About Jaime Gili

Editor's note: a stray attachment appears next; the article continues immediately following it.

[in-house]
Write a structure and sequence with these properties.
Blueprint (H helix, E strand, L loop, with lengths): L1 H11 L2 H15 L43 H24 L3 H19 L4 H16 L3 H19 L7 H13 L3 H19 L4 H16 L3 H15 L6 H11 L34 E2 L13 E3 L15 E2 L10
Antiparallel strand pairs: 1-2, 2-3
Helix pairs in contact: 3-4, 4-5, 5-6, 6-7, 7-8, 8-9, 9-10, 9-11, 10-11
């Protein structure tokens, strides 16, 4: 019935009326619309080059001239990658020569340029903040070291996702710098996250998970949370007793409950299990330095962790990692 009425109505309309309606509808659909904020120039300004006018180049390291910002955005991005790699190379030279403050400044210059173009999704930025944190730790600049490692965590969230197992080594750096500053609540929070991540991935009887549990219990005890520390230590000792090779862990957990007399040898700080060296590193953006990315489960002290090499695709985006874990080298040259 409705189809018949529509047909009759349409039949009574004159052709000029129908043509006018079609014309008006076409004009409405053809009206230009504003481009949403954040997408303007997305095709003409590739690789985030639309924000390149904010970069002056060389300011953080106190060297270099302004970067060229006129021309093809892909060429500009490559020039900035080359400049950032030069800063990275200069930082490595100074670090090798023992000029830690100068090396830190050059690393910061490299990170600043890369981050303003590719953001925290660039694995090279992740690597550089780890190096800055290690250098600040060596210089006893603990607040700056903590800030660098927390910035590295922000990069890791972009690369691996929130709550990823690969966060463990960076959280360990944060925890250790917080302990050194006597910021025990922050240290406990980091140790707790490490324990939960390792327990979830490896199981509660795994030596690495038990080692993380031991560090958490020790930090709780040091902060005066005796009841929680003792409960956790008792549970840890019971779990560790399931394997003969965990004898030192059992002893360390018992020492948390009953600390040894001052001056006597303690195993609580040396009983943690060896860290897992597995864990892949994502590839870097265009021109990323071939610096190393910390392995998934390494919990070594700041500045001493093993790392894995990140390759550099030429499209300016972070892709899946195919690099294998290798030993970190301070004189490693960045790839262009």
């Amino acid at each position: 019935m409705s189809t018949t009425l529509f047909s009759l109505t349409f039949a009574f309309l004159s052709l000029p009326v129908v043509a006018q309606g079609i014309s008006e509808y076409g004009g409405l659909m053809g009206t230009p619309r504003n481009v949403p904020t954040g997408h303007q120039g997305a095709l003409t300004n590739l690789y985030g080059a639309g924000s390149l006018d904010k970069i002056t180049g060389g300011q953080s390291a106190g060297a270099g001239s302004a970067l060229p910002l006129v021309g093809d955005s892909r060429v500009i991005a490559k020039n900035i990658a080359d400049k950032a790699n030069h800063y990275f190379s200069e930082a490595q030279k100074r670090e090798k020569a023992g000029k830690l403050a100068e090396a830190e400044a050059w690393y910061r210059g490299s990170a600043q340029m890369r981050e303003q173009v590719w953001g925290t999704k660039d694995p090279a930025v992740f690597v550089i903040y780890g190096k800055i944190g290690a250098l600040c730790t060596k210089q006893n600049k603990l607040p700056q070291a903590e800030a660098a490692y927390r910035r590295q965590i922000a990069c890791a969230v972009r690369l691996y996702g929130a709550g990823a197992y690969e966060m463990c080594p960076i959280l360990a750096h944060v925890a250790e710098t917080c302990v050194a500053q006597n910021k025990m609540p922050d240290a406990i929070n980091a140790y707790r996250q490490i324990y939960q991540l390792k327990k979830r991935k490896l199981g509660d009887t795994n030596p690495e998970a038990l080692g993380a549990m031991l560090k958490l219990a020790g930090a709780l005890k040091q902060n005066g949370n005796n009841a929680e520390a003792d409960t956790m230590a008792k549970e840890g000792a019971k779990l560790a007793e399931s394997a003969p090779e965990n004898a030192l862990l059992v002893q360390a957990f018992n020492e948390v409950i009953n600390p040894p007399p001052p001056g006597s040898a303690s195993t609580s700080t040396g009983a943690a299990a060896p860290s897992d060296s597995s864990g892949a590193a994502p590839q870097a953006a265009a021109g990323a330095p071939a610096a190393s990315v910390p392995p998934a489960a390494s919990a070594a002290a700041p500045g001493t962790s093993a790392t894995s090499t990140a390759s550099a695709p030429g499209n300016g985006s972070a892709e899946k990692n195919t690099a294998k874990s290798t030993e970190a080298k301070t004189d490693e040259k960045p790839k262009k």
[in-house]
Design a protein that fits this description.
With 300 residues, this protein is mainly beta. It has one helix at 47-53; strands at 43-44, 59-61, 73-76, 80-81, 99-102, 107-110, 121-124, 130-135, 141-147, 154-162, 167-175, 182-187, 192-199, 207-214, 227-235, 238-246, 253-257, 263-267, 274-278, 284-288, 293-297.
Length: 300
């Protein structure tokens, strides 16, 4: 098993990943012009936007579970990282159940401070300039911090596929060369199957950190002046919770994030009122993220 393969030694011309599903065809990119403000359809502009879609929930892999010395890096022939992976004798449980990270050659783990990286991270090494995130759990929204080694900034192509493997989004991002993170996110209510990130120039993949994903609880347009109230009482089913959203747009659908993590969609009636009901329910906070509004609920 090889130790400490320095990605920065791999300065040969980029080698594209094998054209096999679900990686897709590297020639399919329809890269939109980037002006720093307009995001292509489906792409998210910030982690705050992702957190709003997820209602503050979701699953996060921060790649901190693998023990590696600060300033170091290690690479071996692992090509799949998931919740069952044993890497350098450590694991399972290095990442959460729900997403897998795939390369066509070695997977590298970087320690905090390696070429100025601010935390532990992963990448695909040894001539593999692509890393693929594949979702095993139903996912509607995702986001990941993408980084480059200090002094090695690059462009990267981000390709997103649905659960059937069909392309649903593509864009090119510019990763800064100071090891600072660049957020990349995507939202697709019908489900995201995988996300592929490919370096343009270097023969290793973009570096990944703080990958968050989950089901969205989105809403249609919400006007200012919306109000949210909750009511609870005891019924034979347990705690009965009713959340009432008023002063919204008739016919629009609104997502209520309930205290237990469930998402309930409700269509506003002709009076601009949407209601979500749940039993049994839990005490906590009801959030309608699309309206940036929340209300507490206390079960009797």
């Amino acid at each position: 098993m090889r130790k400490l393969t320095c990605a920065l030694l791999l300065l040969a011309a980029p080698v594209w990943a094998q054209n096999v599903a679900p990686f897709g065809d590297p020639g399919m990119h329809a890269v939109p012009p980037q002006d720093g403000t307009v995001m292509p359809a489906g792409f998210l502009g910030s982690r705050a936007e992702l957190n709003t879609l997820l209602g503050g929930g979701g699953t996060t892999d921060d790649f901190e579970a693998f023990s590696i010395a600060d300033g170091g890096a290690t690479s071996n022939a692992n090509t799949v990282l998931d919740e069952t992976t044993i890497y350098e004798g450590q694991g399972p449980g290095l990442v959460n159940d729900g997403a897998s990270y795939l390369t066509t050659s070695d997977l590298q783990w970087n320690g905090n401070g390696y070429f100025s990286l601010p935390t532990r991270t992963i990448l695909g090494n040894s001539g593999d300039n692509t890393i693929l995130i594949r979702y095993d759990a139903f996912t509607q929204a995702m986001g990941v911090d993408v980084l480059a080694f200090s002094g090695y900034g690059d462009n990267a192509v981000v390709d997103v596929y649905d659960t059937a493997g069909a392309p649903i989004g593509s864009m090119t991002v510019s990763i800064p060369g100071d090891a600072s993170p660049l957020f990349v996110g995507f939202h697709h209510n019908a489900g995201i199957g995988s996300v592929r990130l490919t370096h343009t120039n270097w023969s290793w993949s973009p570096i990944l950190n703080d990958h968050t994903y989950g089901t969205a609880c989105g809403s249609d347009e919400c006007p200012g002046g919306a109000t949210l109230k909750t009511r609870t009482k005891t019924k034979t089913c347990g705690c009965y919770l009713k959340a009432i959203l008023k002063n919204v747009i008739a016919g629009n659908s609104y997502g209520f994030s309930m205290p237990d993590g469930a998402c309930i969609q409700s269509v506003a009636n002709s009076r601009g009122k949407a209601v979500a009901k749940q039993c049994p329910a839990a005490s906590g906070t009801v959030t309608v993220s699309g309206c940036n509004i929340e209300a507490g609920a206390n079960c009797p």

Jaime Gili (born 1972, Caracas from Catalan parents) is an artist based in London since 1996. Since 2002 his work has been contextualised as continuing a tradition of Latin American abstract art, especially the Venezuelan optical and kinetic work of artists such as Carlos Cruz-Diez and Alejandro Otero, with an input from popular art and London's energy. Critic Fisun Guner wrote in 2003 about his show at the Jerwood Space: "What do you get when you mix Pop Art, Minimalism, Vorticism, Futurism and graffiti art? The answer may well resemble the work of (...) Jaime Gili." Venezuelan Curator Jesús Fuenmayor wrote in 2006 for the catalogue of Gili's show at Periférico Caracas that his paintings were "as if someone had thrown a bomb at a work by Carlos Cruz-Diez".[1] Swiss curator Oliver Kielmayer, wrote in 2009 "Jaime Gili seems to combine the wilderness of the jungle with a formalist and reductionist artistic language; the result is a kind of Gesamtkunstwerk, a crystalline pulsating organism that almost comes alive."[2] Gili received his MA in painting from the Royal College of Art in 1998, after studying in Caracas and Barcelona. He completed a PhD at the University of Barcelona in 2001 with a thesis on "Repetition and Serial art since the 1960's". He has shown work internationally in many exhibitions including '6 Bienal do Mercosul' in Porto Alegre; 'Expander' at the Royal Academy of Arts in London; 'Las tres calaveras' at Periferico Caracas in Caracas; 'Jump Cuts' at CIFO in Miami; 'The Complex of Respect' at Kunsthalle Bern; "Bill at Pittier" at Kunsthalle Winterthur and 'Indica'[3] a show recreating the 1960's Indica Gallery at Riflemaker in London. Apart from his exhibitions, which have recently happened mainly in Miami,[4] Caracas [5] and London, he has also been invited to make several permanent works integrated into architecture.[6] In Venezuela he completed "Diamante de las Semillitas",[7] a work in Petare, a very high density informal city with a colonial core in the East of Caracas. He was also chosen to create a site-specific design for 16 large industrial storage tanks, in what would become one of the world's largest public art projects 260,000 square feet (24,000 m2). Entitled "Art All Around", the event and work was produced by Maine Center for Creativity. The site is located along the Fore River in South Portland, Maine.[8]